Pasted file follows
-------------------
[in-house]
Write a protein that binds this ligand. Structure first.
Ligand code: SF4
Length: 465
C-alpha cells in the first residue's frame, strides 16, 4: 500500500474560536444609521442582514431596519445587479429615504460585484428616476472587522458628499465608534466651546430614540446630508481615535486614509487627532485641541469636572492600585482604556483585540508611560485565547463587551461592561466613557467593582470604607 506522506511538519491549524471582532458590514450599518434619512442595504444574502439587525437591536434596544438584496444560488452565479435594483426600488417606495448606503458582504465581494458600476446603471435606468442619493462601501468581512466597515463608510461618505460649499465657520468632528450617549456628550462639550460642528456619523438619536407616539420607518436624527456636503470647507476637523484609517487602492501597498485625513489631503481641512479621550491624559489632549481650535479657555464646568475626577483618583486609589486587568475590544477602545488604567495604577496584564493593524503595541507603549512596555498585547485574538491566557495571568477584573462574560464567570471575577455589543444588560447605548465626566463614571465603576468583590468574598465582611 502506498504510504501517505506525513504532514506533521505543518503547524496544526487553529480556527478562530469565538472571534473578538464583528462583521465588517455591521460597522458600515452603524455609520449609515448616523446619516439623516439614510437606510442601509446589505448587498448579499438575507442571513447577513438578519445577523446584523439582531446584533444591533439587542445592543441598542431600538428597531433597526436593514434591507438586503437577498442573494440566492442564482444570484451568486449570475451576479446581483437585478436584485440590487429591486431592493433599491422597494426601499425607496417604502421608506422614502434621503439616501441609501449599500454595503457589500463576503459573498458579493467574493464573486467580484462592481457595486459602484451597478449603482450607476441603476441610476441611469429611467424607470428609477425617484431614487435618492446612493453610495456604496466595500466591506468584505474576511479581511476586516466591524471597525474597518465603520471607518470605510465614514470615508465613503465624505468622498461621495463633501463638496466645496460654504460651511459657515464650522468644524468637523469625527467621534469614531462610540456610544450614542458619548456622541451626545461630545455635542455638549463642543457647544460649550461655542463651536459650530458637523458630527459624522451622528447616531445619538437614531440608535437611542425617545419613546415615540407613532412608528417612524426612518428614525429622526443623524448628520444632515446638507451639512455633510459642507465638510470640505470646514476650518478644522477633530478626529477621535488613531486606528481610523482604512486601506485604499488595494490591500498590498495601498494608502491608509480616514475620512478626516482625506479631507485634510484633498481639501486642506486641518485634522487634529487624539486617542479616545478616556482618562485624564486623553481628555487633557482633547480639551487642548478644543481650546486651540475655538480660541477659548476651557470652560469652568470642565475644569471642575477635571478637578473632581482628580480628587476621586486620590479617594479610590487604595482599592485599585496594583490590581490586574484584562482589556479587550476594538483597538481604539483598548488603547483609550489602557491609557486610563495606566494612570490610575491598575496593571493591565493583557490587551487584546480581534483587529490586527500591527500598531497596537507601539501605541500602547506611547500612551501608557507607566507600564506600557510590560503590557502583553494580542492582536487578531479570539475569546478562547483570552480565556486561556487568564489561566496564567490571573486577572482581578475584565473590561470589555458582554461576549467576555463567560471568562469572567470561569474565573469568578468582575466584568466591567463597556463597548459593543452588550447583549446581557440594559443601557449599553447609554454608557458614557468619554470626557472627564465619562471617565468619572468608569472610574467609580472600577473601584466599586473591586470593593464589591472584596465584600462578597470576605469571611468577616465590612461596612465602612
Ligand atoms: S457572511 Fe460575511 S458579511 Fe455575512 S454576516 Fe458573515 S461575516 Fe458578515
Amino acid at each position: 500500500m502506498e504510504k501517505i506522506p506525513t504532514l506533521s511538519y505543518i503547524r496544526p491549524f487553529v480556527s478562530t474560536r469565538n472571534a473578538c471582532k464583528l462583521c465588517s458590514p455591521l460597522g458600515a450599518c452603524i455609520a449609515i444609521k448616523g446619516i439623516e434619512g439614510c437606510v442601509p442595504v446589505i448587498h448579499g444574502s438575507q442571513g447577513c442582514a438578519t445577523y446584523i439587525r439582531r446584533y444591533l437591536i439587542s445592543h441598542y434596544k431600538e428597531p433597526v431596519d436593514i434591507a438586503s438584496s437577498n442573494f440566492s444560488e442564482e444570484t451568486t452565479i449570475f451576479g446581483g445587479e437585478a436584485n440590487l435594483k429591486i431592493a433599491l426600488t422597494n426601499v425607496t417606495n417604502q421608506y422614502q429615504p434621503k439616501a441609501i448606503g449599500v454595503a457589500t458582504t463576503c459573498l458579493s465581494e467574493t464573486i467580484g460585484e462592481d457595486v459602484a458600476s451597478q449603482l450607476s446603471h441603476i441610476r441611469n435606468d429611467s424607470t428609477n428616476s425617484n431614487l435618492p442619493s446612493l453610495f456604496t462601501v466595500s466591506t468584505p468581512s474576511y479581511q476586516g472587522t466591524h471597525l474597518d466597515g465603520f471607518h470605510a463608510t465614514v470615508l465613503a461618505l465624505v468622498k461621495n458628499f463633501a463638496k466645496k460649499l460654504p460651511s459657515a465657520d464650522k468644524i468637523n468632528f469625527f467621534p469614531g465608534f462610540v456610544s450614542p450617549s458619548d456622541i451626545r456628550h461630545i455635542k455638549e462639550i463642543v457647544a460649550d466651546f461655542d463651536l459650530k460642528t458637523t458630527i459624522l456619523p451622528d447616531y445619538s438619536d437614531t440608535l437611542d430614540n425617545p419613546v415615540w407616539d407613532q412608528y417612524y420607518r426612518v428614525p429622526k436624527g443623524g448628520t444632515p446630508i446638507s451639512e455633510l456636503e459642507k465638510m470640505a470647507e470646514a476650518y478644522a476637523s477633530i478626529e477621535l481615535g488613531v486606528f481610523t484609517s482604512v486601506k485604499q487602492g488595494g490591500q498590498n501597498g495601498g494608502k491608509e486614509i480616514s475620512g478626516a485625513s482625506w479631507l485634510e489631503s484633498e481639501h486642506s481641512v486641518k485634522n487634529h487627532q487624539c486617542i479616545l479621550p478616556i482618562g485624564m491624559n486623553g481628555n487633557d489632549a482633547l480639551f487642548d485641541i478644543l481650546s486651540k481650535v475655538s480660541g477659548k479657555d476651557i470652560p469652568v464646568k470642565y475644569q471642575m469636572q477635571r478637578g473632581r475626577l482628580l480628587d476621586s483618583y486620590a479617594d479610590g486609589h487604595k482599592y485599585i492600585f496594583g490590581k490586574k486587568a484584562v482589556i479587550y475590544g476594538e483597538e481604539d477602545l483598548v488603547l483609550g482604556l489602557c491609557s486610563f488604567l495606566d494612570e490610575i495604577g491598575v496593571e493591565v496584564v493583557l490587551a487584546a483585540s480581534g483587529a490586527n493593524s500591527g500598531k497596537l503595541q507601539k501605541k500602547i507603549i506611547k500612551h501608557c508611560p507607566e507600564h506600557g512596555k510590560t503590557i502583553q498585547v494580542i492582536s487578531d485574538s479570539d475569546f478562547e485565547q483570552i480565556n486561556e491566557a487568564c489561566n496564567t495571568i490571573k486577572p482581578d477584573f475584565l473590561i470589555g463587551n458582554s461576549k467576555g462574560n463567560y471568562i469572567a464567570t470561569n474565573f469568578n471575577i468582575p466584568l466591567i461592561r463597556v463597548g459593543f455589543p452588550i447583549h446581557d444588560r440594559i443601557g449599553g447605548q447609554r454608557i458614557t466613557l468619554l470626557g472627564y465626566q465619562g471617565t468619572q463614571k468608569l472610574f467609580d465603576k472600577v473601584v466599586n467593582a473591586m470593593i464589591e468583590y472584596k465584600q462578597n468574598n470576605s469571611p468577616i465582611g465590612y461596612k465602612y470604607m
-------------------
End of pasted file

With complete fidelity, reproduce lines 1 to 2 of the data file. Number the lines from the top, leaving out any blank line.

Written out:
[in-house]
Write a protein that binds this ligand. Structure first.